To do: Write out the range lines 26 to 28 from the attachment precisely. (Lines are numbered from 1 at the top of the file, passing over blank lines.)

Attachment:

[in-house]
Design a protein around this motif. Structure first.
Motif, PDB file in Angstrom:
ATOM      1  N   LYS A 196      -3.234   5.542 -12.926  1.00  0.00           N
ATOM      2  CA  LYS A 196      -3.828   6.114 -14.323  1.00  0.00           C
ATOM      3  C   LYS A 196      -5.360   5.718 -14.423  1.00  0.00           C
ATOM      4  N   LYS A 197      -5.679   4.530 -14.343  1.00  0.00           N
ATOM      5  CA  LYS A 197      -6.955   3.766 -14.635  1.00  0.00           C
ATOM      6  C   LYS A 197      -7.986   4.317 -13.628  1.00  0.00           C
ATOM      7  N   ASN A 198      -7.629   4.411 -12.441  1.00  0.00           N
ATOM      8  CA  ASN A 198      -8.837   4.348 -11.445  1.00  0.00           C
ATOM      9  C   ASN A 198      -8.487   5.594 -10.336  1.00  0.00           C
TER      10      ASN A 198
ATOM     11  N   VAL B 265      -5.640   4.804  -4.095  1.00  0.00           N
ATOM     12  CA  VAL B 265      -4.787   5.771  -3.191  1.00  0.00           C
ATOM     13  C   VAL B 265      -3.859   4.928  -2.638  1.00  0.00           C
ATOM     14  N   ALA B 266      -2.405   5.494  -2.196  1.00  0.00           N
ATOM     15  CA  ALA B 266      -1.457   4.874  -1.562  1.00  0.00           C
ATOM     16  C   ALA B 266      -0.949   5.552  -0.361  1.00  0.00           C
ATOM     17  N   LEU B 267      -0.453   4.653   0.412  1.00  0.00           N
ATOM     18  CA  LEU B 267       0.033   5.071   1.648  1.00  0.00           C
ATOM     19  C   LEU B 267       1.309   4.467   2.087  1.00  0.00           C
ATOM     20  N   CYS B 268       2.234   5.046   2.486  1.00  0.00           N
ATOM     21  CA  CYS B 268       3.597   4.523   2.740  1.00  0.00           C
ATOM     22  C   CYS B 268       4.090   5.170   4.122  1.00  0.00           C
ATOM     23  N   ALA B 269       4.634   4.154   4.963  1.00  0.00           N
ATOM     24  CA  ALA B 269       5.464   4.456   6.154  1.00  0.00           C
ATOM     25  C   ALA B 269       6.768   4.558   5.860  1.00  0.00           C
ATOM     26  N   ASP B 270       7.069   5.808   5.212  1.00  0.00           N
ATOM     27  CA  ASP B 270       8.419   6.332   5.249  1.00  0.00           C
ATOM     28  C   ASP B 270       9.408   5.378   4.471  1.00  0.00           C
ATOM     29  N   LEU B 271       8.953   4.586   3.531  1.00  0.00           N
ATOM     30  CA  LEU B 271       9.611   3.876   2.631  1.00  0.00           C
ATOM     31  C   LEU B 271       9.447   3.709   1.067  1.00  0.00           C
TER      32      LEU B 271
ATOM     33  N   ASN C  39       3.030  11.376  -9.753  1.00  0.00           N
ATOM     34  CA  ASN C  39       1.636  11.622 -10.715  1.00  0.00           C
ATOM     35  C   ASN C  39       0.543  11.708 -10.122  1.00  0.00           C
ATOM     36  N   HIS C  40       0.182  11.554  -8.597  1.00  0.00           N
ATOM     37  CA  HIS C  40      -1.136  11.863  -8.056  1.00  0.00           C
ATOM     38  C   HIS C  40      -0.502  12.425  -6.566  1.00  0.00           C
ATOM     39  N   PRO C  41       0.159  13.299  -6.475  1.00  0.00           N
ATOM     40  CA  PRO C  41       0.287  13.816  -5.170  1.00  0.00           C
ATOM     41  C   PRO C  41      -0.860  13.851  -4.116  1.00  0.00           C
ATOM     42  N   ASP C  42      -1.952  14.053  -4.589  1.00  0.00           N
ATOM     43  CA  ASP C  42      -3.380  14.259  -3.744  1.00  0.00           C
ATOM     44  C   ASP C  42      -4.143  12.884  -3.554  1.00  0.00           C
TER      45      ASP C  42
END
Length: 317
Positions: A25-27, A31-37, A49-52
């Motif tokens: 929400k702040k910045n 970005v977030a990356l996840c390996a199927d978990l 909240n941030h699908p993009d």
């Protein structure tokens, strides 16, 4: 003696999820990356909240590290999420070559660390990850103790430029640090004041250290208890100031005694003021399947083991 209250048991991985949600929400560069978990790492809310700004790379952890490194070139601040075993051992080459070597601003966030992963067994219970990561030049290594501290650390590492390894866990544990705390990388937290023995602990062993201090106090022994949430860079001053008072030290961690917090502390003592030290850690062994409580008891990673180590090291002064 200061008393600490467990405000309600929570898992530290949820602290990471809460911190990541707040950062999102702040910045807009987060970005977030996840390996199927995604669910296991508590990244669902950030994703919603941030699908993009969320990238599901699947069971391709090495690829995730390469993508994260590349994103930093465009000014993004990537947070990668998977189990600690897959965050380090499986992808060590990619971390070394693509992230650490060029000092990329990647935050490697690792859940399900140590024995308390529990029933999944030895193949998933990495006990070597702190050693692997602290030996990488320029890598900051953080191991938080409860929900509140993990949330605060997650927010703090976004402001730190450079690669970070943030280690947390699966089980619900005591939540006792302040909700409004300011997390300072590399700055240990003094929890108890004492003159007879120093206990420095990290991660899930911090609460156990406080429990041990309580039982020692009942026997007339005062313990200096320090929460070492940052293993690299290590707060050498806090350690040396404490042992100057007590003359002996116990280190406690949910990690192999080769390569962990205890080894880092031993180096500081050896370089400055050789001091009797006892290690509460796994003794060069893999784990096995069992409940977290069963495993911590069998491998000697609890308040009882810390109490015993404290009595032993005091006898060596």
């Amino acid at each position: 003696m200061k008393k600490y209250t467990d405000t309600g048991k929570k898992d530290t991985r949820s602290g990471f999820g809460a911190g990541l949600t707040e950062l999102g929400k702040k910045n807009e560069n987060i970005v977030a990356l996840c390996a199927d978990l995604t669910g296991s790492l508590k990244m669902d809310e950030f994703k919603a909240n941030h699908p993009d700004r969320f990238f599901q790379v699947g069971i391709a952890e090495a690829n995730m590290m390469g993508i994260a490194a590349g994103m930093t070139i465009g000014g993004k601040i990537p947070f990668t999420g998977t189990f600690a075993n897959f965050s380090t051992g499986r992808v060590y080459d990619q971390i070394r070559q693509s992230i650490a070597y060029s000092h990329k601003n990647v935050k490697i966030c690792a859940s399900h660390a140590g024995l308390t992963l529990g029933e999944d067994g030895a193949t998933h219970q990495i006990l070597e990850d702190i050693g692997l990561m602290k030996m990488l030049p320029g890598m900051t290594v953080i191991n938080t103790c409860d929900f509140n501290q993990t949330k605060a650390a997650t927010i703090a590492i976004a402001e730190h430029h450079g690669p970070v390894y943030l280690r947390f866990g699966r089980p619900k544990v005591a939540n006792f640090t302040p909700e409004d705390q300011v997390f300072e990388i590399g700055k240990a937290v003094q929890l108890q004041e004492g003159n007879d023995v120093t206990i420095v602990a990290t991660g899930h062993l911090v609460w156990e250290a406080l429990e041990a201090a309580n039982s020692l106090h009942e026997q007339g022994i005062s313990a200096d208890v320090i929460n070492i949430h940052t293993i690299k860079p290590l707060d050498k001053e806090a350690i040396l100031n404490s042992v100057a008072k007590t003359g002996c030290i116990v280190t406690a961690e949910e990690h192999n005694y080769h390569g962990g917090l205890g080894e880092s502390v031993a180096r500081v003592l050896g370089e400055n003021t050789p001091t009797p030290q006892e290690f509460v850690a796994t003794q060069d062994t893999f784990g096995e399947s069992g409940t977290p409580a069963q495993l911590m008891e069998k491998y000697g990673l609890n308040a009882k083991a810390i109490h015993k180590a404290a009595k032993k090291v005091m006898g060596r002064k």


ATOM     23  N   ALA B 269       4.634   4.154   4.963  1.00  0.00           N
ATOM     24  CA  ALA B 269       5.464   4.456   6.154  1.00  0.00           C
ATOM     25  C   ALA B 269       6.768   4.558   5.860  1.00  0.00           C